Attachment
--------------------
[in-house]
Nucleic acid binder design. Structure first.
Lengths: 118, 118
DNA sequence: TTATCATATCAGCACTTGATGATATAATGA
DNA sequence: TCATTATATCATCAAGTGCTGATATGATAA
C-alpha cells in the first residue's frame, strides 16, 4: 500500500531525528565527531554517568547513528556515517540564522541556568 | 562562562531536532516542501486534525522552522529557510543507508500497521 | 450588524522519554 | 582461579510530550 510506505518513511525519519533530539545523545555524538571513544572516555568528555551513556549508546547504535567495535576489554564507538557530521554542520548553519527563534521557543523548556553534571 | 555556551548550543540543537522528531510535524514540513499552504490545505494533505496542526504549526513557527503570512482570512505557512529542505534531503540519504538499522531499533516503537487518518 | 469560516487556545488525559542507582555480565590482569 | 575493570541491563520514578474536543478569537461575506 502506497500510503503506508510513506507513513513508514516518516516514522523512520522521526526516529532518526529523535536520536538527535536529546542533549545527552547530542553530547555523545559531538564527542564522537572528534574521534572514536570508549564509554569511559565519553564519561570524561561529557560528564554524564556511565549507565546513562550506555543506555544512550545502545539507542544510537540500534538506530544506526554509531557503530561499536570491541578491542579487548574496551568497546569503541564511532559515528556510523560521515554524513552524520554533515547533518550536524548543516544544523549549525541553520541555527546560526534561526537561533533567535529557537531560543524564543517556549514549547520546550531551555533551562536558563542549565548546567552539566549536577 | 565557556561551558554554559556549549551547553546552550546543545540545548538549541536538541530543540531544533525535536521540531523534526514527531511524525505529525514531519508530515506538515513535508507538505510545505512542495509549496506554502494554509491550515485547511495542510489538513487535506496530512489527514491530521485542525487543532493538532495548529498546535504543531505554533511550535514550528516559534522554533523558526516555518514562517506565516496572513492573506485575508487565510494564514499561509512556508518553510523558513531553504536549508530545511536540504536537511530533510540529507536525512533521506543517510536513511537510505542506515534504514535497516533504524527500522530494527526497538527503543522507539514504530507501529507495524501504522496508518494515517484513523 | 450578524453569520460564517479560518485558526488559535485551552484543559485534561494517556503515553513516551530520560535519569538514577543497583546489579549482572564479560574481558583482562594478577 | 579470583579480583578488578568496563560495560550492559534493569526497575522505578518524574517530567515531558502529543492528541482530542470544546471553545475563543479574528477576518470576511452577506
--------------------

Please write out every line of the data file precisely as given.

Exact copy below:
[in-house]
Nucleic acid binder design. Structure first.
Lengths: 118, 118
DNA sequence: TTATCATATCAGCACTTGATGATATAATGA
DNA sequence: TCATTATATCATCAAGTGCTGATATGATAA
C-alpha cells in the first residue's frame, strides 16, 4: 500500500531525528565527531554517568547513528556515517540564522541556568 | 562562562531536532516542501486534525522552522529557510543507508500497521 | 450588524522519554 | 582461579510530550 510506505518513511525519519533530539545523545555524538571513544572516555568528555551513556549508546547504535567495535576489554564507538557530521554542520548553519527563534521557543523548556553534571 | 555556551548550543540543537522528531510535524514540513499552504490545505494533505496542526504549526513557527503570512482570512505557512529542505534531503540519504538499522531499533516503537487518518 | 469560516487556545488525559542507582555480565590482569 | 575493570541491563520514578474536543478569537461575506 502506497500510503503506508510513506507513513513508514516518516516514522523512520522521526526516529532518526529523535536520536538527535536529546542533549545527552547530542553530547555523545559531538564527542564522537572528534574521534572514536570508549564509554569511559565519553564519561570524561561529557560528564554524564556511565549507565546513562550506555543506555544512550545502545539507542544510537540500534538506530544506526554509531557503530561499536570491541578491542579487548574496551568497546569503541564511532559515528556510523560521515554524513552524520554533515547533518550536524548543516544544523549549525541553520541555527546560526534561526537561533533567535529557537531560543524564543517556549514549547520546550531551555533551562536558563542549565548546567552539566549536577 | 565557556561551558554554559556549549551547553546552550546543545540545548538549541536538541530543540531544533525535536521540531523534526514527531511524525505529525514531519508530515506538515513535508507538505510545505512542495509549496506554502494554509491550515485547511495542510489538513487535506496530512489527514491530521485542525487543532493538532495548529498546535504543531505554533511550535514550528516559534522554533523558526516555518514562517506565516496572513492573506485575508487565510494564514499561509512556508518553510523558513531553504536549508530545511536540504536537511530533510540529507536525512533521506543517510536513511537510505542506515534504514535497516533504524527500522530494527526497538527503543522507539514504530507501529507495524501504522496508518494515517484513523 | 450578524453569520460564517479560518485558526488559535485551552484543559485534561494517556503515553513516551530520560535519569538514577543497583546489579549482572564479560574481558583482562594478577 | 579470583579480583578488578568496563560495560550492559534493569526497575522505578518524574517530567515531558502529543492528541482530542470544546471553545475563543479574528477576518470576511452577506